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Congenital heart disease patients living longer

Patients born with heart defects receive comprehensive care, from birth through adulthood, at OHSU
woman standing on a bridge
Melissa Nelson, 34, was born missing a tricuspid heart valve and half of her heart underdeveloped. She first underwent open-heart surgery at age 4 and has had a pacemaker implanted four times, among many other procedures. (Photo courtesy of Melissa Nelson)

When Melissa Nelson was born at OHSU in Portland, Oregon, her tricuspid heart valve was missing and half of her heart was underdeveloped. She first underwent open-heart surgery at age 4 and has had a pacemaker implanted four times, among many other procedures.

“My family and I never knew when my next surgery was going to be,” Nelson said. “It’s pretty scary to be living like that as a kid.”

Today, Nelson, 34, teaches second-grade Spanish at a dual-language school in Vancouver, Washington. Though she lives a full life, keeping on top of her health continues to be key. To make that happen, she works closely with clinicians at the OHSU Adult Congenital Heart Disease Clinic.

Congenital heart defects aren’t limited to the young, as Nelson can testify. Thanks to advancements in medical care, there are now more U.S. adults – about 1.4 million – than children living with congenital heart disease today.

Comprehensive care for adults

OHSU is home to Oregon’s only comprehensive center for adult congenital heart disease patients, and OHSU Doernbecher Children’s Hospital offers the broadest spectrum of pediatric heart services in the region. OHSU’s pediatric and adult specialists work closely to ensure the unique needs of those born with heart defects are met throughout their lives.

child in hospital bed
“My family and I never knew when my next surgery was going to be,” Nelson said. “It’s pretty scary to be living like that as a kid.” (Photo courtesy of Melissa Nelson)

Though some patients born with congenital conditions keep seeing the same pediatrician who originally treated them as children, there’s a growing medical consensus that transitioning to an adult provider helps patients receive better treatment as they age. The American Heart Association recommends congenital heart disease patients see an adult congenital heart specialist at least once as a grown-up.

Congenital heart defects are often repaired when patients are young, while other related conditions are ongoing or arise later in life. For example, Nelson was 9 when she started experiencing irregular heartbeats as a complication from her numerous surgeries. The condition finally subsided four years ago after an ablation procedure removed troublesome heart tissue.

Patients, physicians team up for health

Nelson’s primary cardiologist is Abigail Khan, M.D. Kahn is one of the 300 active board-certified specialists in adult congenital heart disease in the U.S.

Khan considers herself a partner in her patients’ health. For many young adults in her care, medical choices were made by others when they were children. Now they are embracing their new-found autonomy. Khan carefully listens when her patients suggest something is amiss, noting people who have long lived which chronic disease are often well-tuned to their bodies.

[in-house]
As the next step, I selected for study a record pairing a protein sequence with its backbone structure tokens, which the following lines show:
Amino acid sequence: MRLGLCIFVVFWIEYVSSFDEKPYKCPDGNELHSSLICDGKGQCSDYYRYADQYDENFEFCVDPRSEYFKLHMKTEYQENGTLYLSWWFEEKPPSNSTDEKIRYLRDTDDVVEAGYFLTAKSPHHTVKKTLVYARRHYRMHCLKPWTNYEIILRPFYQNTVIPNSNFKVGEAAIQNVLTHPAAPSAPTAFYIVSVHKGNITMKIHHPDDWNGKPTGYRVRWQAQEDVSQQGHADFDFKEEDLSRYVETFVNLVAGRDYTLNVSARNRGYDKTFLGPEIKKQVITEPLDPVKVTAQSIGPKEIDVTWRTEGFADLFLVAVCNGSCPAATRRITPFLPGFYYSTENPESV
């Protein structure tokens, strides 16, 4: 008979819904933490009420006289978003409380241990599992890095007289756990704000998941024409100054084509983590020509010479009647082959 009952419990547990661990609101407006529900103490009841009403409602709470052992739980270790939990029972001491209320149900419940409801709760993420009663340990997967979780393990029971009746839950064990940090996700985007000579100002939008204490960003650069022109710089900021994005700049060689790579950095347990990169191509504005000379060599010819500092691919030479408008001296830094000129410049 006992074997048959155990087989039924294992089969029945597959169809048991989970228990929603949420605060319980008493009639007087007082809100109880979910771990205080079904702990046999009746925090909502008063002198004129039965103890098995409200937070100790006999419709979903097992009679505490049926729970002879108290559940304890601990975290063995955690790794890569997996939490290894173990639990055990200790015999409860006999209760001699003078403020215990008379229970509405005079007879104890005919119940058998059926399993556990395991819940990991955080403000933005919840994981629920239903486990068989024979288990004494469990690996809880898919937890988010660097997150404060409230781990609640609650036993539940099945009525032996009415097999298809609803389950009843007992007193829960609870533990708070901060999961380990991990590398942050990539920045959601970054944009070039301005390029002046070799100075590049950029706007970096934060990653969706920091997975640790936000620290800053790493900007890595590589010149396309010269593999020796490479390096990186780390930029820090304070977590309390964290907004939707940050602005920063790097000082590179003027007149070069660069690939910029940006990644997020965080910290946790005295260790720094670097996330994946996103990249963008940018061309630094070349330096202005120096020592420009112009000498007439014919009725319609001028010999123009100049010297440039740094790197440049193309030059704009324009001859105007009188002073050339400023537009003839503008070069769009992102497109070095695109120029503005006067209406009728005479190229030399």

doctor reviewing scans of a heartr
Adult congenital heart disease care is a relatively new field because, decades ago, most children born with defects didn’t live long enough to reach adulthood. Abigail Khan, M.D., is one of 300 active board-certified specialists in adult congenital heart disease in the U.S. (OHSU/Kristyna Wentz-Graff)

Adult congenital heart disease care is a relatively new field because, decades ago, most children born with defects didn’t live long enough to reach adulthood. Medical science is still learning the unique challenges faced by these patients. As a result, the small community of adult congenital heart disease specialists often confer with each other to assess treatment options.

“I try to be honest with patients about what we do know and what we don’t,” said Khan, who is also an assistant professor of medicine (cardiovascular medicine) in the OHSU School of Medicine. “Many of our patients are honestly quite comfortable with that concept, because they’ve lived their whole lives knowing the future is uncertain.”

Looking beyond heart health

Khan also helps patients understand the broader impacts of the conditions with which they were born.

Adrienne Kovacs, Ph.D
Adrienne Kovacs, Ph.D.

Because adult congenital heart disease patients are at greater risk for depression and post-traumatic stress disorder, Khan sometimes refers patients to OHSU psychologist Adrienne Kovacs, Ph.D., who specializes in helping patients with congenital heart disease.

Nelson uses art to sort through mixed feelings about her many experiences with health care. She creates mixed-media pieces with X-ray film, medical equipment images and personal photos to express frustration over routinely being poked and prodded for tests. She also leans on friends she’s met through the Adult Congenital Heart Association to cope with challenges that others struggle to understand.

“Our bodies have never been ‘healthy,“ Nelson said. “Most adults are healthy for a long time and then suddenly they’re unhealthy. I don’t know what that’s like.”

She’s also an active participant in her own health care. Nelson prepares for every medical appointment by making lists of her questions and concerns, and she routinely reads the latest congenital heart disease research.

“If you want to live your best, healthiest life, you have to keep taking the medication, you have to keep going to the doctor, you have to keep doing those tests,” Nelson said. “It can be really hard, but you have to do it. You have to make peace with it.”

 

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